The impact of the coronavirus pandemic could have been much worse without the World Health Organization (WHO), according to Swiss ambassador Valentin Zellweger.This content was published on June 15, 2020 - 13:08
“The WHO did the work we expected of it,” declared the outgoing Swiss ambassador to the United Nations and other international organisations in Geneva in an interview with Keystone-SDA news agency on Monday.
Zellweger is due to leave his Geneva post at the end of July after four years to take up a new diplomatic role in Nairobi. He will be replaced by the Swiss ambassador to the UN in New York Jürg Lauber.
The diplomat said the pandemic had underscored International Geneva’s central governance role. Geneva is home to the UN’s European headquarters, over 30 international organisations, including the WHO, the International Labour Organization (ILO), and hundreds of NGOs.
He insisted that no state should distance itself from the multilateral system and reiterated Alpine nation’s support, as “Switzerland depends on others. It’s in our interest”.
US President Donald Trump has repeatedly criticised WHO over its handling of the coronavirus outbreak — notably on its alleged “China-centric” stance. The outbreak first appeared in the Chinese city of Wuhan. Late last month, Trump said he was “terminating” the US relationship with the WHO.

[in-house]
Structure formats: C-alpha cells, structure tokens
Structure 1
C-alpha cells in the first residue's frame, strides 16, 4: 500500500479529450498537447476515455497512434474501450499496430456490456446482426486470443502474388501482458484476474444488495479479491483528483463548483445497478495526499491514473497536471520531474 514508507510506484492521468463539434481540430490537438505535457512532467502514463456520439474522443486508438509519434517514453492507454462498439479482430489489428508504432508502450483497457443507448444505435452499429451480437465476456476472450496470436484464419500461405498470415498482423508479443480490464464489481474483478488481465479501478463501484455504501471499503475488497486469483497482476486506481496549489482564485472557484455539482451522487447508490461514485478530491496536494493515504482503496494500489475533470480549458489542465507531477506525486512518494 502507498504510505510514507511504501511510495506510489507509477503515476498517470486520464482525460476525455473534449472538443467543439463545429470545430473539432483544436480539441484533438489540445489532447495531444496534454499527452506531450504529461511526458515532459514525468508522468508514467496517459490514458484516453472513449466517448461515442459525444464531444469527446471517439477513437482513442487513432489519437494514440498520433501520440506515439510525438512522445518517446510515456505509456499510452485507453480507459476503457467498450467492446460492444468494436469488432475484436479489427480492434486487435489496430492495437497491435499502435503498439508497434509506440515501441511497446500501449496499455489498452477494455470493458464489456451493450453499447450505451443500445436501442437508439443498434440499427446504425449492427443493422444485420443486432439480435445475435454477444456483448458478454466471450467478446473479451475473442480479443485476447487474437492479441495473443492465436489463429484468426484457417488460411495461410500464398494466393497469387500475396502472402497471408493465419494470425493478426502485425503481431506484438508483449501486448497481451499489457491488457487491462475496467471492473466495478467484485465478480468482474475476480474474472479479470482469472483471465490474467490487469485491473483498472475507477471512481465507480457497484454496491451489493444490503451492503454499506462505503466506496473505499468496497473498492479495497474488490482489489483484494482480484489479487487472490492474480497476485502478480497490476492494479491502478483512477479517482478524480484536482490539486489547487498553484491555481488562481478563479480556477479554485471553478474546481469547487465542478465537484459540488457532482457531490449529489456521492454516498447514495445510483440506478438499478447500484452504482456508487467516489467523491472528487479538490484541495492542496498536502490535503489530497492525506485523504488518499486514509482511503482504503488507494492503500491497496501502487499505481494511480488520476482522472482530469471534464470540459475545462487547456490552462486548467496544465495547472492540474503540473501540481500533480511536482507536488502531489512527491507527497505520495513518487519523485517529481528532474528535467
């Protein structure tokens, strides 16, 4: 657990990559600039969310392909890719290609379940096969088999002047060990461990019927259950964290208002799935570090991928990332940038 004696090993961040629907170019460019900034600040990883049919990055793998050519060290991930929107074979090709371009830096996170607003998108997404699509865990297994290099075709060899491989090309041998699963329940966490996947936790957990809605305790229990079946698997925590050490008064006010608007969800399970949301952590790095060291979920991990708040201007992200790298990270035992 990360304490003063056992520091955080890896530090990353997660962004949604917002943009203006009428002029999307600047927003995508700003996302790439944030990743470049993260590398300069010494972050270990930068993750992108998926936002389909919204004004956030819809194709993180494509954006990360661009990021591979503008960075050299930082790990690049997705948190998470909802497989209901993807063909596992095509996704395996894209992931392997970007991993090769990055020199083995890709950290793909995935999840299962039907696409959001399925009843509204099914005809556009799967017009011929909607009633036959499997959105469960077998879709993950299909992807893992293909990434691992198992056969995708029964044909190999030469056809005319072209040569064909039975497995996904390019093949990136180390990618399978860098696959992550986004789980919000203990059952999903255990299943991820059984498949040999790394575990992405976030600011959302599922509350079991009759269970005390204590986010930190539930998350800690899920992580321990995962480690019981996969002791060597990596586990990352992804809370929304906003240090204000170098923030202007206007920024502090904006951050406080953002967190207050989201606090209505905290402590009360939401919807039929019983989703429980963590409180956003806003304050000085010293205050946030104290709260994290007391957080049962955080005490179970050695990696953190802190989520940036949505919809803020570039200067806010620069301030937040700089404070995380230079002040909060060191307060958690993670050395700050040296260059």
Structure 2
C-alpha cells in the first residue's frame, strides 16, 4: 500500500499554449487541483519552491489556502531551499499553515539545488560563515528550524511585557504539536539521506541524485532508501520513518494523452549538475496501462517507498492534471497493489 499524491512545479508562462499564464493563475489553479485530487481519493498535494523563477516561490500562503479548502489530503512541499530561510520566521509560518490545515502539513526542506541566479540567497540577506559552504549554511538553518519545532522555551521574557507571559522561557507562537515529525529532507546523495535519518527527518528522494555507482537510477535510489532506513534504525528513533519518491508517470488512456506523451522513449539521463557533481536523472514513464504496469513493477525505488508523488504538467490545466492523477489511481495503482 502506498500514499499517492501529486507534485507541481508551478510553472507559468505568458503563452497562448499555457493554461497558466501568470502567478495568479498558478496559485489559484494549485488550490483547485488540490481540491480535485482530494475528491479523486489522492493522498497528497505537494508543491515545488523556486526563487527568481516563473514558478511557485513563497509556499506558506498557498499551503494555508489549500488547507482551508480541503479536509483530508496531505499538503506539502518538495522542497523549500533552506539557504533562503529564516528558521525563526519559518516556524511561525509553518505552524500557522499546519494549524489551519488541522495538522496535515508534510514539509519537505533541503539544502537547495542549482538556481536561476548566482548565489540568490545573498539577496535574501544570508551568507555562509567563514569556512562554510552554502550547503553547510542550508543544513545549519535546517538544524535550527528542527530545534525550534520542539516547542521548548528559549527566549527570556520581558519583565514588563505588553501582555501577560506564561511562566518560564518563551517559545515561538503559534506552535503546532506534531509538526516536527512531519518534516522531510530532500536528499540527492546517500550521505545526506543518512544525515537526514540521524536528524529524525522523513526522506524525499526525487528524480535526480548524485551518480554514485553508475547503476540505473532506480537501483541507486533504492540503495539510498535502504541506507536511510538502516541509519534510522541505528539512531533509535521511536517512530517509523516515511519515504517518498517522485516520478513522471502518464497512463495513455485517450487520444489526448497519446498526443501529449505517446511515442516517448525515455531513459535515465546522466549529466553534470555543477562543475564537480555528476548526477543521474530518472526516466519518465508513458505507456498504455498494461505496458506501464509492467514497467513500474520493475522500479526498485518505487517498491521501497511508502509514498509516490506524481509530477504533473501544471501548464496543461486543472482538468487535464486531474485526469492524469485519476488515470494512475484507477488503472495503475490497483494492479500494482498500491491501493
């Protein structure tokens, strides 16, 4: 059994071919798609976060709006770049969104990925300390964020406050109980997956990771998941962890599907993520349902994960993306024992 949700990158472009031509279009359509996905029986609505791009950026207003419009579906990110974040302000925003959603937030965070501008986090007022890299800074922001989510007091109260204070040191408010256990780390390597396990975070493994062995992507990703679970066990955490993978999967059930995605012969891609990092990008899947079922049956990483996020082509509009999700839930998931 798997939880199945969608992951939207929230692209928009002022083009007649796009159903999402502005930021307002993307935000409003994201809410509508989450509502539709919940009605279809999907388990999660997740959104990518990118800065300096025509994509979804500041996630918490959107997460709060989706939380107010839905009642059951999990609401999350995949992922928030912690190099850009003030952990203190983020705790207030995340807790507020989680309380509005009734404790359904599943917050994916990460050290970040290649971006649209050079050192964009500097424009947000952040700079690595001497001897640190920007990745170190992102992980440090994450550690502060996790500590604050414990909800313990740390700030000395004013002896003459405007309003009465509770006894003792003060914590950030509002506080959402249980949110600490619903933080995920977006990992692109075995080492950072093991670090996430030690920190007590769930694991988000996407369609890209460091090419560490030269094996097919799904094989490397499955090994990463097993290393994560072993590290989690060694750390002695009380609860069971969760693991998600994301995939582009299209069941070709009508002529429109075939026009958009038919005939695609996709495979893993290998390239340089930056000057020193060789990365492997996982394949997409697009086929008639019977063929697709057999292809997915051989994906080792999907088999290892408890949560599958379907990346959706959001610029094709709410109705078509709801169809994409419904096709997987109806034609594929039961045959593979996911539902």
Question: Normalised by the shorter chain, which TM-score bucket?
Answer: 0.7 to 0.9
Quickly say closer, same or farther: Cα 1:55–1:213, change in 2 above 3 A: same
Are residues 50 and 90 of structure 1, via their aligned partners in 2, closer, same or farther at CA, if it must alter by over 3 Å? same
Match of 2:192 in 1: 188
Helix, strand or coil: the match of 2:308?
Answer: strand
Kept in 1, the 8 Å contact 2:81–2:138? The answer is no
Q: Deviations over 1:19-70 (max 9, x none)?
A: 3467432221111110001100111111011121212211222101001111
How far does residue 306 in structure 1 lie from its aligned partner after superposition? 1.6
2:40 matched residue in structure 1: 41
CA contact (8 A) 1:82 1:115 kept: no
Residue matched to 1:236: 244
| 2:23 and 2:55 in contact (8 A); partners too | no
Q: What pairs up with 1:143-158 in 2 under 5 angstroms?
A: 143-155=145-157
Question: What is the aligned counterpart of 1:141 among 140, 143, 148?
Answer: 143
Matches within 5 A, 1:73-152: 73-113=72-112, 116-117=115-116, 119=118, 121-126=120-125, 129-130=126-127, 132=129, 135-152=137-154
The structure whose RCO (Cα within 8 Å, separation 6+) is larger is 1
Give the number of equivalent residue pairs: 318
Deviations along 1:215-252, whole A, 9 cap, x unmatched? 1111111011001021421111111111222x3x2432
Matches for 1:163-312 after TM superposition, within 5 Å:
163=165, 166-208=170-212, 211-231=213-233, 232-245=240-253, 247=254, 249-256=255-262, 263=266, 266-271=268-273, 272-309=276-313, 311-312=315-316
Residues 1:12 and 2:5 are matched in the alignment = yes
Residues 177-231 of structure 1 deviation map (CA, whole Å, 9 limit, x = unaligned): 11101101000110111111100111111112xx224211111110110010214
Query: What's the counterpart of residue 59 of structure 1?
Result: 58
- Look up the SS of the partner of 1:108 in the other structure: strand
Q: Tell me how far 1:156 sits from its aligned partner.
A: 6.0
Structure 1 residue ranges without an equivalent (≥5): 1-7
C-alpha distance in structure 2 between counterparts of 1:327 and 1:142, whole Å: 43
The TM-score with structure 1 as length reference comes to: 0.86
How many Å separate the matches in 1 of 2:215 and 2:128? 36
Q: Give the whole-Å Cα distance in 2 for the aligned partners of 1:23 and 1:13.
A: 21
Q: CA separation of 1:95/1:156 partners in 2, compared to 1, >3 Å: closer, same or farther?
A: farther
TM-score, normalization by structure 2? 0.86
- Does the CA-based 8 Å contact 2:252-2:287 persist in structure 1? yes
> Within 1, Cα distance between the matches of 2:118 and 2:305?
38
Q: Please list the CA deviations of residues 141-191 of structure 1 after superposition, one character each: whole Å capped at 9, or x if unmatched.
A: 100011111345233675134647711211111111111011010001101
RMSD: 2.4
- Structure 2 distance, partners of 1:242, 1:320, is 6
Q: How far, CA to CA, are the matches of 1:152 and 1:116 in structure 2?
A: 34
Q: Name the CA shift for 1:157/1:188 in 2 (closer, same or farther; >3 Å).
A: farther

Two years ago, the US withdrew from the Geneva-based UN Human Rights Council, which resumed work on June 15. The council is set to hold an urgent debate on Wednesday on allegations of “systemic racism, police brutality and violence against peaceful protests” in the US.
When the coronavirus spread in Switzerland in March, the UN and many international agencies closed their doors, asked staff to work from home and cancelled or postponed conferences and meetings.
Zellweger insisted that International Geneva had not stopped functioning during the lockdown thanks to online technologies and virtual meetings.
“We could not have done without them,” he said. “In the future it will be much easier to associate delegates from far-off countries and regions.”
However, he added that negotiations will still require a physical presence, as “compromise solutions are often found in corridors thanks to informal contacts”.